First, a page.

Abusive Relationships: It's Not Your Fault

Updated: Dec 28, 2019

[This post talks about abusive relationships in a lot of detail and it could be upsetting so please take care]

Tonight on the bus home I saw a woman with a sad expression on her face. She reminded me of my former self when I was in an abusive relationship and would cry on buses, street corners and in parks.

Until now, I haven't blogged in any detail about my experience of being in abusive relationship. The main reason for this is because I'm scared of the person who abused me reading this and contacting me to tell me I am 'making it up', 'telling lies' or 'twisting the truth'. For some reason, it still feels unbearable to be told I am wrong and to hear that I am to blame for the things I went through. Furthermore, I'm still frightened of this person seeing me in the street or finding out where I live in case he interrupts the happiness I have now.

However, I want to share my experience of being in an abusive relationship with you because I feel I owe it to those of you who feel trapped and think that abuse is your fault. It' s not your fault. It's never someone's fault that they are being abused.

Throughout the time I was in this abusive relationship, I was repeatedly sworn at, insulted, intimidated, name called and put down. There were times when I was threatened physically and felt unsafe. Every time I expressed my unhappiness about how I was being treated, I would hear a 'reason' for I was treated this way. Typically these excuses would go like this:

  • 'I called you a b**** because you behaved like one'.

  • 'You made me so angry that I had no choice but to smash my phone.'

  • 'I wouldn't have threatened to *** you if you had shut up and stopped crying.'

  • 'You should have stopped being so pathetic then.'

Furthermore, each time I tried to stand up for myself I was told that abuse was 'normal'. He told me things like:

  • 'You're living in a fairy land if you think this is abuse'

  • 'This is just what happens in relationships, but you're so inexperienced that you don't know.'

  • 'You are scared of arguments. Real couples have arguments. You're such a fussy little girl that you think everything needs to be perfect all the time'.

  • 'You're so idealistic that you will never find anyone you're satisfied with'.

  • 'Get real. Grow up.'

Not only was my personality endlessly insulted, but my confidence was chipped away at. Over time I started to believe that I was being treated badly because I was unlovable. He told me things like:

  • 'You're so sensitive about everything that you're impossible to love.'

  • 'You are incapable of ever having a happy relationship because you're so emotional.'

  • 'You are more f***** up than you will ever know.'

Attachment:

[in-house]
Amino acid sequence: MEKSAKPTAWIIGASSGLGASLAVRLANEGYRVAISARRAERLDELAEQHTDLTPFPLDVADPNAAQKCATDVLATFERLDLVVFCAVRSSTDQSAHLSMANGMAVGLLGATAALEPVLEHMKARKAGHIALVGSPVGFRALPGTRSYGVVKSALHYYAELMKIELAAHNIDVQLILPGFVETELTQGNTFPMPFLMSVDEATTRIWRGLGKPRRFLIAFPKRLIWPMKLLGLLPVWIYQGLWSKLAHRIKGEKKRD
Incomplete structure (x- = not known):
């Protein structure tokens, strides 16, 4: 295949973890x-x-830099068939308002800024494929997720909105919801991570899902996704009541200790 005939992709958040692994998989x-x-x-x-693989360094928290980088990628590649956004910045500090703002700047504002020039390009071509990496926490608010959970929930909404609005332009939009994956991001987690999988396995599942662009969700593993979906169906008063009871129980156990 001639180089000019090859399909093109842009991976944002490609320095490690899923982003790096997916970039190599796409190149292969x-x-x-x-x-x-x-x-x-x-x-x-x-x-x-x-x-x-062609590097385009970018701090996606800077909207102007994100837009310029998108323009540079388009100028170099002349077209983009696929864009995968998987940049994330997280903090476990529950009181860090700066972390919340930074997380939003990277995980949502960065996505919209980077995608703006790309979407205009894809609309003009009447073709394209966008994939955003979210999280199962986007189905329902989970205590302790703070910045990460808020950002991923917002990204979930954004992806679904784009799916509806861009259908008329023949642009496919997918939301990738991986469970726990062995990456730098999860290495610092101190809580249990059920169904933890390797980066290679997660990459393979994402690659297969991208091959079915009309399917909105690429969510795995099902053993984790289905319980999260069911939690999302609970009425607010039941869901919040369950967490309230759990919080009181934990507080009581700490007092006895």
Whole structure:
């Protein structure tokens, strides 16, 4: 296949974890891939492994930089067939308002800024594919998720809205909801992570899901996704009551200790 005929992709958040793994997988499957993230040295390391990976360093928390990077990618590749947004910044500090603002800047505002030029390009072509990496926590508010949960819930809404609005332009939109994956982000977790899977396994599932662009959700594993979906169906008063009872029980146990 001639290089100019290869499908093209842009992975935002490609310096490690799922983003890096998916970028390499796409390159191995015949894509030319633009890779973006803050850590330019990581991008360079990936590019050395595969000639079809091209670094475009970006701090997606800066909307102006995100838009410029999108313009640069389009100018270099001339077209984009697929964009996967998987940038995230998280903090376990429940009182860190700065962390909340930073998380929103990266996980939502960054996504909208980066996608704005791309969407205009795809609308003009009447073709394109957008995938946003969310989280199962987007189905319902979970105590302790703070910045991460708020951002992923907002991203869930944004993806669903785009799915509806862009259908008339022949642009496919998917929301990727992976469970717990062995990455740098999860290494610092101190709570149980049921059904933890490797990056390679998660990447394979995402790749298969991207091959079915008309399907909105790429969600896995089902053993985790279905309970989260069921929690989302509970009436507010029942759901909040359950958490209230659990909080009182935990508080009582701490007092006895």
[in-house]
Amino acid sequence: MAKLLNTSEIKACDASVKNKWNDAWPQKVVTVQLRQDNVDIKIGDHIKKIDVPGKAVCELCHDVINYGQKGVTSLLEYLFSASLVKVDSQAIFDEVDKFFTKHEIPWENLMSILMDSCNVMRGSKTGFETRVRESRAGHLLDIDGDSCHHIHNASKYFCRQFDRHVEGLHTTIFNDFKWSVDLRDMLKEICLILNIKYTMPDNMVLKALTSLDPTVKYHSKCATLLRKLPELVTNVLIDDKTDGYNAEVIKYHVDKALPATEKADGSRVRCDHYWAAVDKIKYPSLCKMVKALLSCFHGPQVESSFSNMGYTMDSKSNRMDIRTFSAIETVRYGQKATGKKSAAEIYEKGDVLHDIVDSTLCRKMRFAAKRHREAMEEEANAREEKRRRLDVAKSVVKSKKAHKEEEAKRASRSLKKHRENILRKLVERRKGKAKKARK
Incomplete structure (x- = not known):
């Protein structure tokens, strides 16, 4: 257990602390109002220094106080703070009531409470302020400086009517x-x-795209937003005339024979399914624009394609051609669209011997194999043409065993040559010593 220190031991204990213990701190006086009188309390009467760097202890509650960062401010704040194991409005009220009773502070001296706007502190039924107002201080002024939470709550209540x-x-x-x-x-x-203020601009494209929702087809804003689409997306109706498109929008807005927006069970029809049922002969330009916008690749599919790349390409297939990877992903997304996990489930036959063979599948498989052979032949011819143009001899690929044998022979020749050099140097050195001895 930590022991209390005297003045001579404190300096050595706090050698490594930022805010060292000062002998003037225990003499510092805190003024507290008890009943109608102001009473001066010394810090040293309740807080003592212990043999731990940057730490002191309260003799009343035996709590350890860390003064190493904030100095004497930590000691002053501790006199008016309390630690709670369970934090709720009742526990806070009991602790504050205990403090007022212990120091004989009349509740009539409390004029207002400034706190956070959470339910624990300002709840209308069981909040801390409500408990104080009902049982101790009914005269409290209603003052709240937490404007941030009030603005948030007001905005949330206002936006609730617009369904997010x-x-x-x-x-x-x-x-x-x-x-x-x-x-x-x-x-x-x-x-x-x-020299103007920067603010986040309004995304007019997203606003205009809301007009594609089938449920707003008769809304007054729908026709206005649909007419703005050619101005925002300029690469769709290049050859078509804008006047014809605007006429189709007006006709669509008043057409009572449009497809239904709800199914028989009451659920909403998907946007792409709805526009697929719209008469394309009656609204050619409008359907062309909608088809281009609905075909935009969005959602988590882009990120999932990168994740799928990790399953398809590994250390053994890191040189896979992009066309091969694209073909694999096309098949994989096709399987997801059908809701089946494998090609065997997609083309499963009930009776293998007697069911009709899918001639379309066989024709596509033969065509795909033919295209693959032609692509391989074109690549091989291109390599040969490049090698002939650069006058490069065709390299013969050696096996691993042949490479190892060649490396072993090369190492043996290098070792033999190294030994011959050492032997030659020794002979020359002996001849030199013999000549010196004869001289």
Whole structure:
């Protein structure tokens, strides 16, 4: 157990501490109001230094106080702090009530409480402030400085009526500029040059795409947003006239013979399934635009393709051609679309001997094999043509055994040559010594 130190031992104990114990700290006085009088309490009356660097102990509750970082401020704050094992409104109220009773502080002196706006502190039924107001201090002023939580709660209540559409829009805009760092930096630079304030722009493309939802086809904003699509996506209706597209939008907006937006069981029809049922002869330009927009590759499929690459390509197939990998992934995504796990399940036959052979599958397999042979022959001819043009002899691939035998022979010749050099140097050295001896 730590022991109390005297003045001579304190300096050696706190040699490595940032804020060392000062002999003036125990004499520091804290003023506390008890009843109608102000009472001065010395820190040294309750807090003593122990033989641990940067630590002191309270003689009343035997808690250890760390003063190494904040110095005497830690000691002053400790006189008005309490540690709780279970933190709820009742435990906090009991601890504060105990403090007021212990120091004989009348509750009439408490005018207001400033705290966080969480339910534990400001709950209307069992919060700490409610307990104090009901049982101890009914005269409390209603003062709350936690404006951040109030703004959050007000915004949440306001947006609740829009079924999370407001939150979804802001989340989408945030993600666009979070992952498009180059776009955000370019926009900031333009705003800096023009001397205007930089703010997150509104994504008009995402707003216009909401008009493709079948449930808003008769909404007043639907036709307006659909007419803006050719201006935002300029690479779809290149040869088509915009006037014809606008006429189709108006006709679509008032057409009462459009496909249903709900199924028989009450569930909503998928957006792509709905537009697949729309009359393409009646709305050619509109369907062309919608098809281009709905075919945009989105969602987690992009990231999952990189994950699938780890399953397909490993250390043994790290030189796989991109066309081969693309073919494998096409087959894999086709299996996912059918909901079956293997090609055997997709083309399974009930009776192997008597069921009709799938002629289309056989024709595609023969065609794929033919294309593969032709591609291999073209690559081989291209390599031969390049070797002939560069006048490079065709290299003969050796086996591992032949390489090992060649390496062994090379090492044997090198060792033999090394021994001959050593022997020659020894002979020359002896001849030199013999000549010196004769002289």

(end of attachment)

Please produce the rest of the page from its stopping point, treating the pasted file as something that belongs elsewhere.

• 'You're completely unbearable because you're so emotional.'

It was only after I left the abusive relationship that I truly understood the level of suffering I had endured, and it was later still that I realised its impact on my confidence and self-esteem. Many people's first reactions to hearing about abusive relationships is: why don't people leave sooner than they do?

The reasons why I stayed in an abusive relationship for so long are:

  • my extreme vulnerability as a student in her late teens/early twenties

  • the severity of my mental health problems

  • lacking the mental health support I needed

  • not understanding enough about abuse

  • the very serious mental health problems I was experiencing

  • having nobody who told me straight up that this was wrong

  • being frightened of what would happen if I left

  • thinking things would change if I 'worked harder'

  • not trusting my judgement of what abuse was

  • feeling like I couldn't cope with the emotions associated with leaving

I confused forgiving and understanding abuse with staying. Instead of making a pact of misguided 'loyalty' to stay, I wish that I had given myself the permission to leave. I don't blame myself for what I went through. If you have left an abusive relationship, or are in one right now, I hope you don't blame yourself. It is never your fault. Let me say it again: it is never your fault.

I am so happy that I feel so good about myself these days!

I am now in a happy, loving and caring relationship with someone who has only ever treated me with respect, care, love and kindness. My boyfriend finds it upsetting to think of me going through the abuse I went through and to be honest so do I.

Seeing the woman with the sad expression on the bus today made me extend compassion out to my younger self. It was not my fault I was in an abusive relationship- and if you're in one, please know it's not your fault either.

Contact the National Domestic Violence Helpline (UK).

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​© Talking About BPD

Rosie Cappuccino 2019 UK

Please note that this site is not a substitute for professional medical/mental health advice.

Please see a GP or go to A&E if you need urgent help.